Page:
Nardil has been both a blessing and a bane to my existence. I had treatment-resistant depression for longer than I care to remember, and it was the only drug that worked. But being an MAOI, it doesn’t play well with others. In addition to the foods listed below (chocolate! cofee! sourdough bread!), “a total of 924 drugs are known to interact with Nardil (phenelzine).” (from Drugs.com) Every time I’ve had a surgery, an illness, or pain (it interacts with many pain meds), I have to warn the prescribing physician that I take phenelzine. They always look at me oddly and question why I’m taking such an antiquated medication.
This drug may rarely cause an attack of extremely high blood pressure (hypertensive crisis), which may be fatal. Avoid drinking large amounts of beverages containing caffeine (coffee, tea, colas) or eating large amounts of chocolate. Foods and beverages high in tyramine should be avoided while you are taking this medication.
Foods include: aged cheeses, aged/dried/fermented/salted/smoked/ pickled/processed meats and fish (includes bacon), banana peel (is this even necessary to say?), bouillon cubes, commercial gravies, concentrated yeast extracts, fava beans, Italian green beans, broad beans, fermented bean curd, homemade yeast-leavened bread, kim chee (Korean fermented cabbage), orange pulp, overripe or spoiled fruits (again, really…is this a problem?), packaged soups, red wine, sauerkraut, sherry, snow pea pods, sourdough bread, soy sauce, soybeans, soybean paste/miso, tofu, tap beer (but canned beer is ok?) and ale, vermouth.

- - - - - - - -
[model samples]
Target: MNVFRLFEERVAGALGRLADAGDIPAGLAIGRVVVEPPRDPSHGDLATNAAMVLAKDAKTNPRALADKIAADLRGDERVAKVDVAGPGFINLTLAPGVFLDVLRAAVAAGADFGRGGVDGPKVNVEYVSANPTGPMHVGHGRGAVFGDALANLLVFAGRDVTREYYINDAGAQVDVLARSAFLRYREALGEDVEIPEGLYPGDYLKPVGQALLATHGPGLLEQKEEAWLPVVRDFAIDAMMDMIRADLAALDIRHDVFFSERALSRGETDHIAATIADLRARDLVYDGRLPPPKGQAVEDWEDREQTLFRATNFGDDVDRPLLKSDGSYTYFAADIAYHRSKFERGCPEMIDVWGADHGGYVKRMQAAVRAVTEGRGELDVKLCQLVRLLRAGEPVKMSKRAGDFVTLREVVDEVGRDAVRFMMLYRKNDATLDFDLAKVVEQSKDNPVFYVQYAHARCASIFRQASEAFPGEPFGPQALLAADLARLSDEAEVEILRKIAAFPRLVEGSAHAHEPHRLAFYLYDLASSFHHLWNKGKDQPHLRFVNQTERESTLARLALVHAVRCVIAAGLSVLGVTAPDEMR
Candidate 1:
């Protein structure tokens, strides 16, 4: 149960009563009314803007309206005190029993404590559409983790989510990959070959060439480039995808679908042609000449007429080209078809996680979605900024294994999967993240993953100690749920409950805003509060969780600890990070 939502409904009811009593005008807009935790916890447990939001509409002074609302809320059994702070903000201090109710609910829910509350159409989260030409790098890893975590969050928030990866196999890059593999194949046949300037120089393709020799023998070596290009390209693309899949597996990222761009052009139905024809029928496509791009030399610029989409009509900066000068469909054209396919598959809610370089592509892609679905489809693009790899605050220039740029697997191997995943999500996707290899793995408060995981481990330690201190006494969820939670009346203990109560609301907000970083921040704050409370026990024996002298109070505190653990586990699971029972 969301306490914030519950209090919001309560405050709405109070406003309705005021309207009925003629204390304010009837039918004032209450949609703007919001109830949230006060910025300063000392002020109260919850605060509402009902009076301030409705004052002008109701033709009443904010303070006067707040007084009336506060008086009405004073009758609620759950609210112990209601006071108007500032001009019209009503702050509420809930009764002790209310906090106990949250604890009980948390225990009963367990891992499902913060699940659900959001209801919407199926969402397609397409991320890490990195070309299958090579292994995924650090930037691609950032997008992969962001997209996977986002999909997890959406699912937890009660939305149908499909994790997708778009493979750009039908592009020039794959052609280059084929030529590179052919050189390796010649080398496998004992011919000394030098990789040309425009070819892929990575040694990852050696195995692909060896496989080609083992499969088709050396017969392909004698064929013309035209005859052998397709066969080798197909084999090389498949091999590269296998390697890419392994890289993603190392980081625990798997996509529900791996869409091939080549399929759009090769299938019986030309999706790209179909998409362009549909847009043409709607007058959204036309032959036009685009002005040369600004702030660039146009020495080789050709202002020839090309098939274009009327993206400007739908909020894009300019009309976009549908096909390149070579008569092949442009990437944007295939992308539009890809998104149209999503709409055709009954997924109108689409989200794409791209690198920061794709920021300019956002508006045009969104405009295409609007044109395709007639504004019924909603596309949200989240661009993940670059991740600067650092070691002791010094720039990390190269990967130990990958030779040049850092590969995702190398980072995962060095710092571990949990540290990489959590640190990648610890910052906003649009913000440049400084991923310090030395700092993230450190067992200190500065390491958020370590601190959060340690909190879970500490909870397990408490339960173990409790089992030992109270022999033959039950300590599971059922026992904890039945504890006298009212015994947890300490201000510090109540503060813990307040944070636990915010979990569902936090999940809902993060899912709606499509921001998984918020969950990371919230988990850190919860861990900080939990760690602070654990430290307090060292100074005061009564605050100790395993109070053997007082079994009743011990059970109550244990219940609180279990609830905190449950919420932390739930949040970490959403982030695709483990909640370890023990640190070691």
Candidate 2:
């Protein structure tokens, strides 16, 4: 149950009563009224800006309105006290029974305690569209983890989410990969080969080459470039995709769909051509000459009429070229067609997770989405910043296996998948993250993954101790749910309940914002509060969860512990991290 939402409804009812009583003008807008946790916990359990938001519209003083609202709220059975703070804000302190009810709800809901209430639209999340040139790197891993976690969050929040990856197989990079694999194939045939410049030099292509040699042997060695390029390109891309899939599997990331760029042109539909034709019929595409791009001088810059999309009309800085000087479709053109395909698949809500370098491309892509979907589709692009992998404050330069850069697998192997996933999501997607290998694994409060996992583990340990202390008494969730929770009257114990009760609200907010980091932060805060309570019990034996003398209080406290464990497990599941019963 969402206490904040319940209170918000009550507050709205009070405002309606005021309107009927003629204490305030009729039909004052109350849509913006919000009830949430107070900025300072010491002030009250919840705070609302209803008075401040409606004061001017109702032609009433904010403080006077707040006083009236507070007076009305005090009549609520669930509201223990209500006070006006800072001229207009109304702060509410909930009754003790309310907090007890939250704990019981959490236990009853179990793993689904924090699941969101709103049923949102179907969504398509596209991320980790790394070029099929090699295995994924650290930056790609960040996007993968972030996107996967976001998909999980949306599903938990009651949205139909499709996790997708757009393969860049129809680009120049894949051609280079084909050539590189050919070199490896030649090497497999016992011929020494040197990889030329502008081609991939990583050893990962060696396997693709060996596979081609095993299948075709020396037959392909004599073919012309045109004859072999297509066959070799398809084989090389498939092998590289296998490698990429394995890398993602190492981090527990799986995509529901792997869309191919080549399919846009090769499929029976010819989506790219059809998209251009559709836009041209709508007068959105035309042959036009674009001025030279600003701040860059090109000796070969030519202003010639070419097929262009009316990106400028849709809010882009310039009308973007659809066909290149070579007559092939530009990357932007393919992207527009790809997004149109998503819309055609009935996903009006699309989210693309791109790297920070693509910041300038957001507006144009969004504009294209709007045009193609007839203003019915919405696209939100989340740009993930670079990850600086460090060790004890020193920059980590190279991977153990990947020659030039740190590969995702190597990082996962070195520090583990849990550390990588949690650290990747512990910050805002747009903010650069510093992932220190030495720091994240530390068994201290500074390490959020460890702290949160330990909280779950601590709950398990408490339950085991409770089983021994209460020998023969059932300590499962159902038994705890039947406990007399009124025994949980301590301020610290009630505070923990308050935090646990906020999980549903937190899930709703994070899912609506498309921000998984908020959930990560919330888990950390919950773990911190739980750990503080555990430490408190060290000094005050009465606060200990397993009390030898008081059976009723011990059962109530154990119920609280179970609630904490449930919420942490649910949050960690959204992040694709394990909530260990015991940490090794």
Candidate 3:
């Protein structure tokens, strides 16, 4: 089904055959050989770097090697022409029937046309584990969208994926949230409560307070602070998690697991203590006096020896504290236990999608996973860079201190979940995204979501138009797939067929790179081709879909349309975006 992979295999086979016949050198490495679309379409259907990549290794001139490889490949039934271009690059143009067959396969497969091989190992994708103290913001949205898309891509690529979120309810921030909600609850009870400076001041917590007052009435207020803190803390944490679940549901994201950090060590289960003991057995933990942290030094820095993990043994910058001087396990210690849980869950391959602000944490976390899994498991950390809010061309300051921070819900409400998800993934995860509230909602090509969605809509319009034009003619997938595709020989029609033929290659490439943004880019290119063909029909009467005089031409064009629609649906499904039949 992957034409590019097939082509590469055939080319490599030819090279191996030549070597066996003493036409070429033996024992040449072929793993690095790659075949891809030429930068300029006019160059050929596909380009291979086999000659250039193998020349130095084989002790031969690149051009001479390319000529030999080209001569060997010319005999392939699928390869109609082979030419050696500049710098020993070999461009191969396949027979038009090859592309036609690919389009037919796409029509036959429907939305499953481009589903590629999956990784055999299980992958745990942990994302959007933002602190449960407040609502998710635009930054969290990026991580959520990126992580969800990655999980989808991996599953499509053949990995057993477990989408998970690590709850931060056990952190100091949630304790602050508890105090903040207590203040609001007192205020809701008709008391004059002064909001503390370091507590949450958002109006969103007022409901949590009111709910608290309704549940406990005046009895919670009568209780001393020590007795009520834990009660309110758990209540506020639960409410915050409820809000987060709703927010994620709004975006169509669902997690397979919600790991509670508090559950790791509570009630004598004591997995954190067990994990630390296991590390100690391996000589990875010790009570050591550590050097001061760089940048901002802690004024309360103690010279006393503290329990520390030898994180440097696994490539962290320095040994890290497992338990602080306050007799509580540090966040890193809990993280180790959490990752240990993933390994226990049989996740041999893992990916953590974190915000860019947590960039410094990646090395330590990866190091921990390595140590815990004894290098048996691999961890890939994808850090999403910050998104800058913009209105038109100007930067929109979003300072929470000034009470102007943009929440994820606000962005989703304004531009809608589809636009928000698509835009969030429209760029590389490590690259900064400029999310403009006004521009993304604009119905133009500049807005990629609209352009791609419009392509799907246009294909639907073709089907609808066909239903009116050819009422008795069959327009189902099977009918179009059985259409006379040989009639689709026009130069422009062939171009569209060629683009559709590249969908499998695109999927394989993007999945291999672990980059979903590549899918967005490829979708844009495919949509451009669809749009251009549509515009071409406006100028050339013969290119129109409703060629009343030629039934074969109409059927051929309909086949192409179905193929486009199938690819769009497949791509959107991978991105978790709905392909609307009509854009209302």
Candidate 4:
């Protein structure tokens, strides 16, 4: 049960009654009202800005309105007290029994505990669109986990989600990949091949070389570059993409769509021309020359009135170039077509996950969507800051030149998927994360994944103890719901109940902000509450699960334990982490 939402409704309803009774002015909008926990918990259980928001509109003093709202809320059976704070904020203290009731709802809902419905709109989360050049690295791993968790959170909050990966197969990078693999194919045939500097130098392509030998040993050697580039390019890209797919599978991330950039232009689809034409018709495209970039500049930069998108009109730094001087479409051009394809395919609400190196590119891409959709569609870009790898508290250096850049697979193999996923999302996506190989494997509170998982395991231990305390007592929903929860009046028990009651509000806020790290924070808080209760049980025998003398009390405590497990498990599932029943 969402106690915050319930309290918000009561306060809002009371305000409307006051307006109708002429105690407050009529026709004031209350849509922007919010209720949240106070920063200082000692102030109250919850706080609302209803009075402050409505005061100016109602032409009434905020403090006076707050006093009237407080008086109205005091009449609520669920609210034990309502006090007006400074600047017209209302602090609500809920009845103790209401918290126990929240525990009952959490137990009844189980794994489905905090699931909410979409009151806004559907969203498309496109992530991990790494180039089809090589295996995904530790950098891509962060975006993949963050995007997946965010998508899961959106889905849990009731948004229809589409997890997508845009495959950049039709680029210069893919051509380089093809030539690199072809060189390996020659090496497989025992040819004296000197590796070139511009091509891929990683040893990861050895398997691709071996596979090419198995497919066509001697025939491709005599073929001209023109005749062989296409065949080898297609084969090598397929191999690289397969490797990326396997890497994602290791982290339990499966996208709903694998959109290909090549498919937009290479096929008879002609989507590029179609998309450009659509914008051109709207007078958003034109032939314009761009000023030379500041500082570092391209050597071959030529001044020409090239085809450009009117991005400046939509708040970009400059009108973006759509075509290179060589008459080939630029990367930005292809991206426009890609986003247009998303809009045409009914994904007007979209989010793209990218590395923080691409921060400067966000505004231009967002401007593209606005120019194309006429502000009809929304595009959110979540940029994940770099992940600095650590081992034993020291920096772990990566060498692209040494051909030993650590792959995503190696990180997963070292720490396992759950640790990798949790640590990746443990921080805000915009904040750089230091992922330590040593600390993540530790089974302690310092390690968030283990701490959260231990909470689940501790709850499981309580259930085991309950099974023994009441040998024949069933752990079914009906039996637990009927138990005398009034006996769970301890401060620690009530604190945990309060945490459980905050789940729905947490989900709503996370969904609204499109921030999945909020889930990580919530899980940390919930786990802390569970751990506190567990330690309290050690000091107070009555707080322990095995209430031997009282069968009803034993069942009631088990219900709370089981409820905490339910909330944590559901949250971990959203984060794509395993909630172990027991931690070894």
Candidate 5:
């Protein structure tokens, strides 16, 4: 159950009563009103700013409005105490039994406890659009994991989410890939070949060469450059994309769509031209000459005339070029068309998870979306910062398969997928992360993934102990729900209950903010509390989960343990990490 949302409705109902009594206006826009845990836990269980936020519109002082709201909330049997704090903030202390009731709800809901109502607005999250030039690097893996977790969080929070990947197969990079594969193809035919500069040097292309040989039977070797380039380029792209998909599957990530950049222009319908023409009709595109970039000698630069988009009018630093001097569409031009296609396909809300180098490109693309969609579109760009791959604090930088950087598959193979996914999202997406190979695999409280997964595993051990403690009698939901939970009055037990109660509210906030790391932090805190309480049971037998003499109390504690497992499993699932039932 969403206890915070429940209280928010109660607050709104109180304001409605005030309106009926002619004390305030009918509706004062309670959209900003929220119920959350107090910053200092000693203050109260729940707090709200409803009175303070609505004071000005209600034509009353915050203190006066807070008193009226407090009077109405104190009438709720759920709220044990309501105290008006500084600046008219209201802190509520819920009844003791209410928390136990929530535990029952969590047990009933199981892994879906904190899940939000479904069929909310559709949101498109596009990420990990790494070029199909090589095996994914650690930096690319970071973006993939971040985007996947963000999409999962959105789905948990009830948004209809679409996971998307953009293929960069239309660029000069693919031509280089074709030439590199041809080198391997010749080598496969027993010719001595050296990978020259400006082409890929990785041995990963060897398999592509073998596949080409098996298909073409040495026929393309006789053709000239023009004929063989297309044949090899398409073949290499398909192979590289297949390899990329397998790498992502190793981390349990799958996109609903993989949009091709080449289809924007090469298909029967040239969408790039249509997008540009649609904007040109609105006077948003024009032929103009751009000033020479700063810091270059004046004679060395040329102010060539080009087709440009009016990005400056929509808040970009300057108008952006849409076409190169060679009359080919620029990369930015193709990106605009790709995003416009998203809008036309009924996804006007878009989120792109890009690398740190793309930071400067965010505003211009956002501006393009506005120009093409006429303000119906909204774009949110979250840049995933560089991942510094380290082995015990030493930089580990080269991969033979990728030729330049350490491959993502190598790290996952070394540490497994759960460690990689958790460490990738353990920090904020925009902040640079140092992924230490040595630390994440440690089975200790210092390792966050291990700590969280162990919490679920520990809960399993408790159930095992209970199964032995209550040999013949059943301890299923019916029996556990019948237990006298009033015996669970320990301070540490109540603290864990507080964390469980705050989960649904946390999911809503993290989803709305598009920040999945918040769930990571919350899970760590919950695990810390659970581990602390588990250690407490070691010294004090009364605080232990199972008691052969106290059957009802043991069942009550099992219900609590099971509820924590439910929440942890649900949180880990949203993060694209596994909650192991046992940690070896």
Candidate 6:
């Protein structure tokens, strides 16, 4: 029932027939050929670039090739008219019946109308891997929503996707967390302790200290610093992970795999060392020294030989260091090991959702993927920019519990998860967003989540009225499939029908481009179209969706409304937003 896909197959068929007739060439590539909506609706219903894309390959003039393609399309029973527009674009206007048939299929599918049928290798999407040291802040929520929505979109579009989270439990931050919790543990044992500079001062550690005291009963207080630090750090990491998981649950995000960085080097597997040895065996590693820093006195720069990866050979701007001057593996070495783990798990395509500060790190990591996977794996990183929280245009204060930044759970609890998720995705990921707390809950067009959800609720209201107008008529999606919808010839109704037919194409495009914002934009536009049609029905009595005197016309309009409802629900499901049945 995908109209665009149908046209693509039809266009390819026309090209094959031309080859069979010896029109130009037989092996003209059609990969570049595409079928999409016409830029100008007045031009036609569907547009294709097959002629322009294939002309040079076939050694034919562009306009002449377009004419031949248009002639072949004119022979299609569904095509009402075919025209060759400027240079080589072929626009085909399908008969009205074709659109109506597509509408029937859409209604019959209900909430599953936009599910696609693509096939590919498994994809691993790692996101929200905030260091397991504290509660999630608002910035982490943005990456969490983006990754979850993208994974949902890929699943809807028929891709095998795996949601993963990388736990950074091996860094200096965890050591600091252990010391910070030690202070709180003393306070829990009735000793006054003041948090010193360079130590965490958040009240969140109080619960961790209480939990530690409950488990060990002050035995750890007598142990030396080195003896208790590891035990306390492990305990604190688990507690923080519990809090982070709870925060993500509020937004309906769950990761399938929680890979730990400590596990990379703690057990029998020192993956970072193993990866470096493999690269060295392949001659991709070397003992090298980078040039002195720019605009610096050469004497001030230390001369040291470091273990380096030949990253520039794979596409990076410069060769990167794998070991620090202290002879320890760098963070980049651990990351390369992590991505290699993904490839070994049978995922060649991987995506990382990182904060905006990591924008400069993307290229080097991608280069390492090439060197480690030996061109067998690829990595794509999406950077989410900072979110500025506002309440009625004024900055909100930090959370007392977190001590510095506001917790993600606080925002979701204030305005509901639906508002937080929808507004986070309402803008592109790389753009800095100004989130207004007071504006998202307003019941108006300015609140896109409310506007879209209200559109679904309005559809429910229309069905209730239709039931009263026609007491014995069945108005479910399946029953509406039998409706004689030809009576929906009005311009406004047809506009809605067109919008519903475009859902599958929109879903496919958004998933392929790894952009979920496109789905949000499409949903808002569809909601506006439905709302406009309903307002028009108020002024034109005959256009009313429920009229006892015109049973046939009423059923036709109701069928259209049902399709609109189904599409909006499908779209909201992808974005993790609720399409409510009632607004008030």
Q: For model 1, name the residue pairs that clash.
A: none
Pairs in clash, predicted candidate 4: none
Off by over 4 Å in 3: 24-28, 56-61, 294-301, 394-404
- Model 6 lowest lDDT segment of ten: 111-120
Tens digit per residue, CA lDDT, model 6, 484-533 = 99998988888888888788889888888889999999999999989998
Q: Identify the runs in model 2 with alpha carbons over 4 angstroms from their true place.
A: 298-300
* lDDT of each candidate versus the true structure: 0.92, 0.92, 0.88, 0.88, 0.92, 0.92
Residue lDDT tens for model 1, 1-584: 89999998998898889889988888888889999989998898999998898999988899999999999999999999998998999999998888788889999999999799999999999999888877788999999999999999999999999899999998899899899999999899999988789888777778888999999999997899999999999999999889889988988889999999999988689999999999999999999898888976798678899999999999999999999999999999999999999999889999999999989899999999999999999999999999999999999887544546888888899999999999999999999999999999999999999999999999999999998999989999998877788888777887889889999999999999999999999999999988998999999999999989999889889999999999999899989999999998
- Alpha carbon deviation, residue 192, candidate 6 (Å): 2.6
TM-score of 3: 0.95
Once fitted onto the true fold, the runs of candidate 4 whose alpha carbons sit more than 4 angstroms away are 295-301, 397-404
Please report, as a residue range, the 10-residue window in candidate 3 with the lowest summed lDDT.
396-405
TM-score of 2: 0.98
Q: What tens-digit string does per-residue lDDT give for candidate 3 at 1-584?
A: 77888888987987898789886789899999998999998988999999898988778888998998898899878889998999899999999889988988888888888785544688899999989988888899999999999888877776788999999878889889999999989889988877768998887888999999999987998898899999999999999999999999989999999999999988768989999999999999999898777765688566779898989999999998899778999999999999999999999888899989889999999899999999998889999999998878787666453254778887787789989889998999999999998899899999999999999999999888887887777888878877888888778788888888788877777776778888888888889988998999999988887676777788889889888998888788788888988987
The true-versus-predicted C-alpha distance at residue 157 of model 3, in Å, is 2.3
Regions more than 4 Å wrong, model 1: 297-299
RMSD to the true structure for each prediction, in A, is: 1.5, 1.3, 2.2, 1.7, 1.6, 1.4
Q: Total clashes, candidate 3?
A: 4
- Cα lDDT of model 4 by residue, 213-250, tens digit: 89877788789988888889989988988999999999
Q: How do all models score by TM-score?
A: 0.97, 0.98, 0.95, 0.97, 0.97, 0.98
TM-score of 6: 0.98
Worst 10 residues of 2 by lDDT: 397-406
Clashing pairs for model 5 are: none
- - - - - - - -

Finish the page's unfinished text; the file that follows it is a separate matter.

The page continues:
Moderate-to-low tyramine content foods include: alcohol-free beer, avocados, bananas, bottled beer and ale, chocolate and products made with chocolate, coffee, cola, cultured dairy products (e.g. buttermilk, yogurt, sour cream), distilled spirits, eggplant, canned figs, fish roe (caviar), green bean pods, pate, peanuts, port wine, raisins, raspberries, red plums, spinach, tomatoes, white wine.
Add to this the fact that even though it’s available as a generic, I still have to pay the full price because the insurance company doesn’t like that it’s rarely used anymore. And this year the price went up. So it’s time to play drug roulette once again. Even though I greatly fear the though of finding an alternative, I don’t see how I can continue to take this drug.